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A close halo of large transparent grains around extreme red giant stars



An intermediate-mass star ends its life by ejecting the bulk of its envelope in a slow, dense wind1,2,3. Stellar pulsations are thought to elevate gas to an altitude cool enough for the condensation of dust1, which is then accelerated by radiation pressure, entraining the gas and driving the wind2,4,5. Explaining the amount of mass loss, however, has been a problem because of the difficulty of observing tenuous gas and dust only tens of milliarcseconds from the star. For this reason, there is no consensus on the way sufficient momentum is transferred from the light from the star to the outflow. Here we report spatially resolved, multiwavelength observations of circumstellar dust shells of three stars on the asymptotic giant branch of the Hertzsprung–Russell diagram. When imaged in scattered light, dust shells were found at remarkably small radii (less than about two stellar radii) and with unexpectedly large grains (about 300 nanometres in radius). This proximity to the photosphere argues for dust species that are transparent to the light from the star and, therefore, resistant to sublimation by the intense radiation field. Although transparency usually implies insufficient radiative pressure to drive a wind6,7, the radiation field can accelerate these large grains through photon scattering rather than absorption8—a plausible mass loss mechanism for lower-amplitude pulsating stars.

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Figure 1: Polarimetric interferometry of W Hya at 1.24 μm.
Figure 2: Wavelength dependence of scattering for W Hya and R Dor.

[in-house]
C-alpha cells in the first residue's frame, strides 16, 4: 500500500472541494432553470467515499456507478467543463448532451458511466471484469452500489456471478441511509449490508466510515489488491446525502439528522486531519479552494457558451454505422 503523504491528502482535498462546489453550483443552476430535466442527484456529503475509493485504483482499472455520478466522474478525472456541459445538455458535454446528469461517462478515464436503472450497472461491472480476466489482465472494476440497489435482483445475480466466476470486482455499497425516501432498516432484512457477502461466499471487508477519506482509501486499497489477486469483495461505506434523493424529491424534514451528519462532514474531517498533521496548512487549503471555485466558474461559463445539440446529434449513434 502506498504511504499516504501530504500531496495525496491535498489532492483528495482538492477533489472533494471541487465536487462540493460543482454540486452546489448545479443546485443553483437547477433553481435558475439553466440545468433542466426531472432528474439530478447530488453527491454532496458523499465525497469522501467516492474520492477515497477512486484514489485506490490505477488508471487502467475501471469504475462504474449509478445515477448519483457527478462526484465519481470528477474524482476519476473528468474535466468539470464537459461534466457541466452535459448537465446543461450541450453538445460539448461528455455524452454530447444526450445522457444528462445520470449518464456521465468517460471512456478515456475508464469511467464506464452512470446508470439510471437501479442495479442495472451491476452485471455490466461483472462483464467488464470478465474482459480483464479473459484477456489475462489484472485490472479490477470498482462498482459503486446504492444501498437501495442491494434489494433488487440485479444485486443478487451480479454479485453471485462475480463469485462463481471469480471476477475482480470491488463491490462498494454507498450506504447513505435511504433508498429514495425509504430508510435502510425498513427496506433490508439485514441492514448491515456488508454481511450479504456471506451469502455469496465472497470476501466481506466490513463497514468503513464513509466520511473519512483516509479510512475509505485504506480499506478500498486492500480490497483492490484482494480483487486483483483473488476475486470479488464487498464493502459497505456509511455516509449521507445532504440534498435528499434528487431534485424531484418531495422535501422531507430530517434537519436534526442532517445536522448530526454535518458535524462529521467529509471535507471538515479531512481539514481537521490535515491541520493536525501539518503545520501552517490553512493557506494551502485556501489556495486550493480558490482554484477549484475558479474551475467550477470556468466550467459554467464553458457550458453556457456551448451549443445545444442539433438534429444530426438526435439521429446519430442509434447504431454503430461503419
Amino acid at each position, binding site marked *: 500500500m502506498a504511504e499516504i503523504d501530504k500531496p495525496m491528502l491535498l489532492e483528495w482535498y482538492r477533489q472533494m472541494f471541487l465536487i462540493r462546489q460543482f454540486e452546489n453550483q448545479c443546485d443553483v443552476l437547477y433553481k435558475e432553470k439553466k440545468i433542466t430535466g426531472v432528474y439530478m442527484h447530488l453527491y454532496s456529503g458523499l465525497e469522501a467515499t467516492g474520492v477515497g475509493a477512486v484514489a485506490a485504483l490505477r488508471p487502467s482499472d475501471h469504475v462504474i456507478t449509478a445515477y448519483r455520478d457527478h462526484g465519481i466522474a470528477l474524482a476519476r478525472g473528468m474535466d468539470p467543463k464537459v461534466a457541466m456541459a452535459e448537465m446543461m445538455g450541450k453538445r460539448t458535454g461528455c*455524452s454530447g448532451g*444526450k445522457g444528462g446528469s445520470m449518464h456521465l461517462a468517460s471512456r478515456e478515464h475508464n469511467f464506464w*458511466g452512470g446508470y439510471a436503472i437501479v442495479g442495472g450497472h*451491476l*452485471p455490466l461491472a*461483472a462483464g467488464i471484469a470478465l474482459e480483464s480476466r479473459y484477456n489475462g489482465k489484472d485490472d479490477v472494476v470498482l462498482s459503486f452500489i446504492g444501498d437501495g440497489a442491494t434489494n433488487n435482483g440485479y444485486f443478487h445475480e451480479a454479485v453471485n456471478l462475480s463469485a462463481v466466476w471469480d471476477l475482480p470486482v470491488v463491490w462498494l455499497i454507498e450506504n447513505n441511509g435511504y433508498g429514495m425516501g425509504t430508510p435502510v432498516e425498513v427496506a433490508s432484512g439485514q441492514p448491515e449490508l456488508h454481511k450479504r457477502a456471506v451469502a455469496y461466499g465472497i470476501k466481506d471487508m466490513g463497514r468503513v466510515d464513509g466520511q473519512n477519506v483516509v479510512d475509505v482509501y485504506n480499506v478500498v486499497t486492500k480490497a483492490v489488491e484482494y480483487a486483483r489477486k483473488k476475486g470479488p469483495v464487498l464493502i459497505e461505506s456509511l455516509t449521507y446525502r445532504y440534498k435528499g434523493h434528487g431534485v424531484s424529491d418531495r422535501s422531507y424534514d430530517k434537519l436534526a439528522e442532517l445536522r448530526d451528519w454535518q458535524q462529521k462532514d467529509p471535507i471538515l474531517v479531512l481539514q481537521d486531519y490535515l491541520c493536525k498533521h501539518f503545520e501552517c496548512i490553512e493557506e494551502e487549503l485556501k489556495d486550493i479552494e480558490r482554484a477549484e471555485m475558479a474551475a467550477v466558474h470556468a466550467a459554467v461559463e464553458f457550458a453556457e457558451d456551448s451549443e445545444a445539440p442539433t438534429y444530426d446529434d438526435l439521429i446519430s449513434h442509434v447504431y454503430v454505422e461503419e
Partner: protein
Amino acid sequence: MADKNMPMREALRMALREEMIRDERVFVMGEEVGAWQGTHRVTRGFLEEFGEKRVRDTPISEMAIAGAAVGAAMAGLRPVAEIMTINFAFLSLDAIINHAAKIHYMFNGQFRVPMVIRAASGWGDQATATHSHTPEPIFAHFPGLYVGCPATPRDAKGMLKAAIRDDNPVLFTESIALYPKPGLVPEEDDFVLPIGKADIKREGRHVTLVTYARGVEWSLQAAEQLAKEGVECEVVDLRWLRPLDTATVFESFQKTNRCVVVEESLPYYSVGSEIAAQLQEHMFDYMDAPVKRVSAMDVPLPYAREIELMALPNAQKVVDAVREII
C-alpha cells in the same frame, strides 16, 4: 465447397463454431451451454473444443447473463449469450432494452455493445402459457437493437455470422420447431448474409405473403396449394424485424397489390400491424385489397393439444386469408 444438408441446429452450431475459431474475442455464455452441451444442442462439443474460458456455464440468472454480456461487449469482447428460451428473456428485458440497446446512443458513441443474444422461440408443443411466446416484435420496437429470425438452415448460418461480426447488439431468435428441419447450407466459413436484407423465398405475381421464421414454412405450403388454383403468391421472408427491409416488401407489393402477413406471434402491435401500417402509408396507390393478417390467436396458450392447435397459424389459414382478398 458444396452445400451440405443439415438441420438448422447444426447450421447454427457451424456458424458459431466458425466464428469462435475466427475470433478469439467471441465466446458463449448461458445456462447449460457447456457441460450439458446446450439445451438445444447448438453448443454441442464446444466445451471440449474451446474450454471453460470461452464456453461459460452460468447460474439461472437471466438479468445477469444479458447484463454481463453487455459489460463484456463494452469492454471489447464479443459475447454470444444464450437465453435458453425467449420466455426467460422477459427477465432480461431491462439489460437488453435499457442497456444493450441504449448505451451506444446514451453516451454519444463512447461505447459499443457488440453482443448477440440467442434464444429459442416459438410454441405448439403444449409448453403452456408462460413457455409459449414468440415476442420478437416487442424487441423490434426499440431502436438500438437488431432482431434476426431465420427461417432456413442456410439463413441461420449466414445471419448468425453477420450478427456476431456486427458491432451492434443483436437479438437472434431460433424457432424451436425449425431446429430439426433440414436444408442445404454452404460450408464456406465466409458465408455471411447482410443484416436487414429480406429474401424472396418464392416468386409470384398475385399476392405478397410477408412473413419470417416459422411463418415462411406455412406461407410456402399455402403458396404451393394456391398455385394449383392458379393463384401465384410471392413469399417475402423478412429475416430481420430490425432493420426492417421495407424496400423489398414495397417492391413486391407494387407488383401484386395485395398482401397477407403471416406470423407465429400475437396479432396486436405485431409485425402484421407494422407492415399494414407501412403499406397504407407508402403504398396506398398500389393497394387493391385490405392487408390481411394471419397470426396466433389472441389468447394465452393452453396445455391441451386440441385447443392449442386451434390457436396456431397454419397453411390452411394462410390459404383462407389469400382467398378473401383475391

Figure 3: Model image for W Hya with circumstellar shell viewed in horizontally and vertically polarized light.
Figure 4: Grain size measurement.


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This work was based on observations collected with the NACO instrument at the European Southern Observatory, Chile.

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Authors and Affiliations



P.G.T., M.J.I. and S.L. commissioned the SAMPol observing mode and conducted the initial observations, and developed the standard aperture-masking data reduction pipeline. B.R.M.N. developed the polarimetric data reduction and modelling/fitting procedures, analysed the data and conducted later observations. T.M.E. and P.S. contributed to the data analysis procedures. T.R.B., A.A.Z. and F.L. contributed to both the observing programme and the interpretation of the findings.

Corresponding author

Correspondence to Barnaby R. M. Norris.

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The authors declare no competing financial interests.

Supplementary information

Supplementary Information

This file contains Supplementary Text, Supplementary Figures 1-2 and additional references. The Supplementary Text contains a detailed description of the modelling process used in these investigations and additional discussion regarding other dust species. This section also refers to Supplementary Figure 1, a diagram explaining the geometry of the model used. Supplementary Figure 2 shows a diagram demonstrating how starlight becomes polarised by a spherical scattering shell. (PDF 767 kb)

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Norris, B., Tuthill, P., Ireland, M. et al. A close halo of large transparent grains around extreme red giant stars. Nature 484, 220–222 (2012).

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